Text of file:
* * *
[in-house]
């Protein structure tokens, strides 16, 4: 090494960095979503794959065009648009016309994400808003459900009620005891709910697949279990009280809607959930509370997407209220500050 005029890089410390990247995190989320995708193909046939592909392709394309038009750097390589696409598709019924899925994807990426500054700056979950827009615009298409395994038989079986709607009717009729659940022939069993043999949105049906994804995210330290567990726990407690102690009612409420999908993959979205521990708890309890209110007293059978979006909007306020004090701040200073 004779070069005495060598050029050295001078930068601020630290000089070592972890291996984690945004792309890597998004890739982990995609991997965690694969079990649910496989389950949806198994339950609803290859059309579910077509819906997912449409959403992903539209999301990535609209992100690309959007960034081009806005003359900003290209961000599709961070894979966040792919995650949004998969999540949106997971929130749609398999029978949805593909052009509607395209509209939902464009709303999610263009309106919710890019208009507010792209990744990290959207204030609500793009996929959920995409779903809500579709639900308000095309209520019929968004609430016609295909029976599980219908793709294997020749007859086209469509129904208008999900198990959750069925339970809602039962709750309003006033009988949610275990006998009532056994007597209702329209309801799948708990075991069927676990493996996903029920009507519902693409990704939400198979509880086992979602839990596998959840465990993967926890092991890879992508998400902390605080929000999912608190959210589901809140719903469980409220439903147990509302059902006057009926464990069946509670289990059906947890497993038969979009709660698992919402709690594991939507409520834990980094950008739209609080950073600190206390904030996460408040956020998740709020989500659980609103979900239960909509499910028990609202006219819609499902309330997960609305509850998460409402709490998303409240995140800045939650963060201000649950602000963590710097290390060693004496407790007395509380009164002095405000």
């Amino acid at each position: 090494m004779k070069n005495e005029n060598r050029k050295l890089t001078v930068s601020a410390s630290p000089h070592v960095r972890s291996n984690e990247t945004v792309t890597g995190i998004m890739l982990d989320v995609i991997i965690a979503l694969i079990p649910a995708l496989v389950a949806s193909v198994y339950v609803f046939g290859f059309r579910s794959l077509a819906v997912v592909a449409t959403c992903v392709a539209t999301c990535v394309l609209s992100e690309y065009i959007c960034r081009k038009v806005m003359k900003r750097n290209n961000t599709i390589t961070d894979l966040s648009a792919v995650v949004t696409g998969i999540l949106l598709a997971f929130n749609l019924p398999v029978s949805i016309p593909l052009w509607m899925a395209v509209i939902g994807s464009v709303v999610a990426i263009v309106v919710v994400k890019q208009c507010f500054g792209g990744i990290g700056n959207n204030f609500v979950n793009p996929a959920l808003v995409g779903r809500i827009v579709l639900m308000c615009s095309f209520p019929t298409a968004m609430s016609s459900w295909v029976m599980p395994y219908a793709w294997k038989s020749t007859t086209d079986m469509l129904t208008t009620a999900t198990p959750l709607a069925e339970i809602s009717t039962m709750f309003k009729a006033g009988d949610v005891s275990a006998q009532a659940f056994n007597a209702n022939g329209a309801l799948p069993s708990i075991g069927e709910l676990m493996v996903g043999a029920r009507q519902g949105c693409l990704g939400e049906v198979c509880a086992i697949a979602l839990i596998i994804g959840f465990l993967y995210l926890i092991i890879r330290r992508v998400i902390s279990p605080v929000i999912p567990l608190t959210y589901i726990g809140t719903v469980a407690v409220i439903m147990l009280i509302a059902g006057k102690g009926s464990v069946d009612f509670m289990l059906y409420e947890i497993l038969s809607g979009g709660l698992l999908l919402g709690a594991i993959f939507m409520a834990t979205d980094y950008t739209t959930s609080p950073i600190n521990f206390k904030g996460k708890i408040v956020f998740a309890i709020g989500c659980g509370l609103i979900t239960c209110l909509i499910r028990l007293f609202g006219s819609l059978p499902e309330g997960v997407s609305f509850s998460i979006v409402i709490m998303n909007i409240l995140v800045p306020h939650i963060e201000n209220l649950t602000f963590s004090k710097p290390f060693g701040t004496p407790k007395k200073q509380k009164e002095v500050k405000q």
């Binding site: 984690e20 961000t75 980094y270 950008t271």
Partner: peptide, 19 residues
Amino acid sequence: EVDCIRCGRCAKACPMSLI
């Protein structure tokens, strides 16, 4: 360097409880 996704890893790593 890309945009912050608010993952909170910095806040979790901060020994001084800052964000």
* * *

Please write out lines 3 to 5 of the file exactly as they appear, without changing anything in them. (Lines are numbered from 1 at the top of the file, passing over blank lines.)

């Amino acid at each position: 090494m004779k070069n005495e005029n060598r050029k050295l890089t001078v930068s601020a410390s630290p000089h070592v960095r972890s291996n984690e990247t945004v792309t890597g995190i998004m890739l982990d989320v995609i991997i965690a979503l694969i079990p649910a995708l496989v389950a949806s193909v198994y339950v609803f046939g290859f059309r579910s794959l077509a819906v997912v592909a449409t959403c992903v392709a539209t999301c990535v394309l609209s992100e690309y065009i959007c960034r081009k038009v806005m003359k900003r750097n290209n961000t599709i390589t961070d894979l966040s648009a792919v995650v949004t696409g998969i999540l949106l598709a997971f929130n749609l019924p398999v029978s949805i016309p593909l052009w509607m899925a395209v509209i939902g994807s464009v709303v999610a990426i263009v309106v919710v994400k890019q208009c507010f500054g792209g990744i990290g700056n959207n204030f609500v979950n793009p996929a959920l808003v995409g779903r809500i827009v579709l639900m308000c615009s095309f209520p019929t298409a968004m609430s016609s459900w295909v029976m599980p395994y219908a793709w294997k038989s020749t007859t086209d079986m469509l129904t208008t009620a999900t198990p959750l709607a069925e339970i809602s009717t039962m709750f309003k009729a006033g009988d949610v005891s275990a006998q009532a659940f056994n007597a209702n022939g329209a309801l799948p069993s708990i075991g069927e709910l676990m493996v996903g043999a029920r009507q519902g949105c693409l990704g939400e049906v198979c509880a086992i697949a979602l839990i596998i994804g959840f465990l993967y995210l926890i092991i890879r330290r992508v998400i902390s279990p605080v929000i999912p567990l608190t959210y589901i726990g809140t719903v469980a407690v409220i439903m147990l009280i509302a059902g006057k102690g009926s464990v069946d009612f509670m289990l059906y409420e947890i497993l038969s809607g979009g709660l698992l999908l919402g709690a594991i993959f939507m409520a834990t979205d980094y950008t739209t959930s609080p950073i600190n521990f206390k904030g996460k708890i408040v956020f998740a309890i709020g989500c659980g509370l609103i979900t239960c209110l909509i499910r028990l007293f609202g006219s819609l059978p499902e309330g997960v997407s609305f509850s998460i979006v409402i709490m998303n909007i409240l995140v800045p306020h939650i963060e201000n209220l649950t602000f963590s004090k710097p290390f060693g701040t004496p407790k007395k200073q509380k009164e002095v500050k405000q």
């Binding site: 984690e20 961000t75 980094y270 950008t271």
Partner: peptide, 19 residues